A statistical look at ourselves
Ryan Summerlin July 11, 2006
Pew/Internet (http://www.pewinternet.com) is a terrific resource where one can keep track of technology and internet use. Let’s take a look at some of the recent statistics offered there for 2006: 54 percent of American adults state that the internet played a major role as they helped another person cope with a major illness. 44 percent of cell phone owners say they fill in free time when traveling or waiting for someone by making phone calls. 43 percent of U.S. internet users (63 million people) are banking online 42 percent of internet users now have broadband connections in their homes (compared with just 29 percent in January 2005). 27 percent of Americans (about 36 million people) say they download either music or video files from the internet.
23 percent of American adults state that the internet played a major role when they bought a car. 14 percent of American adults state that the internet played a major role as they switched jobs. 9 percent of online Americans made donations on the internet to Katrina relief efforts.On a typical day, roughly 40 million Americans browse the web for fun or to pass time.Website of the Week: Network for GoodI love the Network for Good website. In a nutshell, it allows you to browse about and donate to thousands of charities, quickly and easily. You can search for specific types of charities (for example: cancer-related), search for charities by name, or look for charities in specific states.
Donating through the Network for Good website is quicker and easier than writing checks, and as an added bonus your records are automatically stored for tax time. For those who may have more time than money to give, the Network for Good website also allows you to search for volunteer opportunities.To learn more, visit http://www.networkforgood.com.Program tip of the week: Hiding in ExcelIf you’re an Excel user, chances are you’ve encountered times when you’ve thought something along the lines of “Geez, I wish I could just hide some of these rows that I don’t need to see very often!” And I’m here to tell you that, of course, you can do this!Here are the three simple steps you need to take to hide rows in Excel:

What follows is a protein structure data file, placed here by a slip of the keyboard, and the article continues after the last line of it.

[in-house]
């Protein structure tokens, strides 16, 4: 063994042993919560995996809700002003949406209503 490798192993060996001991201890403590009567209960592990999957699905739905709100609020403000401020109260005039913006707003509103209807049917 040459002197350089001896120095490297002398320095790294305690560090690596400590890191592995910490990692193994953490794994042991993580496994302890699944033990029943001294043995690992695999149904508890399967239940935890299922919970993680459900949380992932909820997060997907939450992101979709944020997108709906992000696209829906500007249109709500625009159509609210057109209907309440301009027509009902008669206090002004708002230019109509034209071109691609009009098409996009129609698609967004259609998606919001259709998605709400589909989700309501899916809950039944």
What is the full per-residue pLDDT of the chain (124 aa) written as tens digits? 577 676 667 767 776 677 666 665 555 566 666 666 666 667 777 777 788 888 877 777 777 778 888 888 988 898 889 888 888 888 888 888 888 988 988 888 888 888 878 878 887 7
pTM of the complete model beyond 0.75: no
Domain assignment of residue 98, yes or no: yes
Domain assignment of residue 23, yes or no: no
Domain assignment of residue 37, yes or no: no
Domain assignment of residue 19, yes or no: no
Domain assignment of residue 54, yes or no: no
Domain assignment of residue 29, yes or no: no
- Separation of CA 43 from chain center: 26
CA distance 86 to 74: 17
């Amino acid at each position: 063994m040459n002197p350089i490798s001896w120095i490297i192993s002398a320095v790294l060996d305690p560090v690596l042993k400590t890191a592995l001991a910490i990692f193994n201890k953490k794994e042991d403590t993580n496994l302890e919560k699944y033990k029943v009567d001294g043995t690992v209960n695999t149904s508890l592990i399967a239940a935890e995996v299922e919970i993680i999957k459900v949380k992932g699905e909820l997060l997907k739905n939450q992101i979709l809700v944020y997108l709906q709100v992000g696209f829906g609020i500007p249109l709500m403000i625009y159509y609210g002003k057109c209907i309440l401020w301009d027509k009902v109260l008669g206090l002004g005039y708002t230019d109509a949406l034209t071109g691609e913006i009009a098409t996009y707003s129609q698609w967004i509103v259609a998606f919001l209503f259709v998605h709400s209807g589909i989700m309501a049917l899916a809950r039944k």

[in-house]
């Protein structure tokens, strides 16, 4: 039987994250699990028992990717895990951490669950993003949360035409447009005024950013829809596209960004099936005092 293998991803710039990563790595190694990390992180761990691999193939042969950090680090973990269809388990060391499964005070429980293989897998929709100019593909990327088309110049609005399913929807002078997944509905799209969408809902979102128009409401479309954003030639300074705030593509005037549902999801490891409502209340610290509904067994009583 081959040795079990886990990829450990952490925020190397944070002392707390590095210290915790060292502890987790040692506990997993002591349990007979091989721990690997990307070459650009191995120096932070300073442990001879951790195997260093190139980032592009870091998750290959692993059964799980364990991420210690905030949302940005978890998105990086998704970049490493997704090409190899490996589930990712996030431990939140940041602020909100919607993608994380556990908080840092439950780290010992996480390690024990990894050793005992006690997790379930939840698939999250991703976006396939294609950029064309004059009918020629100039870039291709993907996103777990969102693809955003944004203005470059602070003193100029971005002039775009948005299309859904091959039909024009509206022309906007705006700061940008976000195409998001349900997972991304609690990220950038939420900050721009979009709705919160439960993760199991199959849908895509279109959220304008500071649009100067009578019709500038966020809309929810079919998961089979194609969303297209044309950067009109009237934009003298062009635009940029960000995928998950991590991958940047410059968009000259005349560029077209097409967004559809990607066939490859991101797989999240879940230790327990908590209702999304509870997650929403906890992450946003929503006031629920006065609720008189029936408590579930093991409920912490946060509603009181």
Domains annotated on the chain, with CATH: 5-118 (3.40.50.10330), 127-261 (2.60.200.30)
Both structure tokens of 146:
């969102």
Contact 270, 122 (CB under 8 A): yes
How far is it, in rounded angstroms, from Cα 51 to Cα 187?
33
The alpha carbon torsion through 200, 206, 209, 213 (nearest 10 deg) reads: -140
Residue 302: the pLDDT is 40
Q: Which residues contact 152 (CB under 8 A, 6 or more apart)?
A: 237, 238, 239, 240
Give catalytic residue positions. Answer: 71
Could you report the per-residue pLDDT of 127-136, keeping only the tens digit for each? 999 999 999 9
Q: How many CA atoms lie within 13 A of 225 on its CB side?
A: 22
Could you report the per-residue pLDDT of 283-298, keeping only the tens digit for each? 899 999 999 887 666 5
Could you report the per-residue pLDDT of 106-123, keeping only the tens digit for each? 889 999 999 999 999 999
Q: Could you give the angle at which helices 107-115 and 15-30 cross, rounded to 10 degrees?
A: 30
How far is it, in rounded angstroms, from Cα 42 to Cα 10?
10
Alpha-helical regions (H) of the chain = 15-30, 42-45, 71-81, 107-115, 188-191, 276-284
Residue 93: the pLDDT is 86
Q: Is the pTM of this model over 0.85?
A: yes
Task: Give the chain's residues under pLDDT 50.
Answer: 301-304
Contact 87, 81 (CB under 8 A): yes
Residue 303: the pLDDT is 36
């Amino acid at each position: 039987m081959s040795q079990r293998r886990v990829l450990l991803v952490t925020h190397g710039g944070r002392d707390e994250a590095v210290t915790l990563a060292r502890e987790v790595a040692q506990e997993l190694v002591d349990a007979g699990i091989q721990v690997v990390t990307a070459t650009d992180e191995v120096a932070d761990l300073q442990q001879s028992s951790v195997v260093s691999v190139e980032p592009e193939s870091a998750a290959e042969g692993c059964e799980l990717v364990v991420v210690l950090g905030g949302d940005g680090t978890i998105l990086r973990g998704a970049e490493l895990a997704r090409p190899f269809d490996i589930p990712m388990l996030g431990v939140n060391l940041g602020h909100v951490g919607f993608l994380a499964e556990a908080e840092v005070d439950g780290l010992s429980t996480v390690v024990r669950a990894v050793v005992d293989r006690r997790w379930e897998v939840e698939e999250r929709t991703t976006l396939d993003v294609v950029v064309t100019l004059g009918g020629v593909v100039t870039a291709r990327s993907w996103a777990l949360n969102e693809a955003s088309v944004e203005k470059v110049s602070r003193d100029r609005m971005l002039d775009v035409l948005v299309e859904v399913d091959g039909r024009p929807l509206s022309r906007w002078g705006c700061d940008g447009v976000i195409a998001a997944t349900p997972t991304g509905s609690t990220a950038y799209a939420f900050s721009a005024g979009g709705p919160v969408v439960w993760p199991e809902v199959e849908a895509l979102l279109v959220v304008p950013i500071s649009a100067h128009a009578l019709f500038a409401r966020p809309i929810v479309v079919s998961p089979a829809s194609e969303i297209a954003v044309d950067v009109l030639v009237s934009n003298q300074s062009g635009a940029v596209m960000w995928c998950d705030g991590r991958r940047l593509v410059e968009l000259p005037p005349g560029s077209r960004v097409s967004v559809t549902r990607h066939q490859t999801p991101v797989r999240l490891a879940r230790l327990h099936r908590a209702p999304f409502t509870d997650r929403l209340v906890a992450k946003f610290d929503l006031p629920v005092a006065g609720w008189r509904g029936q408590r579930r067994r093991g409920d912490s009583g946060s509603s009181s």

• Select the row header right below where you want to start hiding your rows.• Drag your mouse down until you’ve come to the last item you’d like to hide.• Click on the Format menu at the top of your screen, choose Row, then Hide.These same steps can be used to hide columns as well; you’ll just need to replace the word “row” with the word “column” in the 3-step instructions above.See you next Friday!Based in Frisco, eRin pheiL is the primary creative force behind timeforcake (www.timeforcake.com). She can be reached via phone at (970) 668-0709 or e-mail at firstname.lastname@example.org.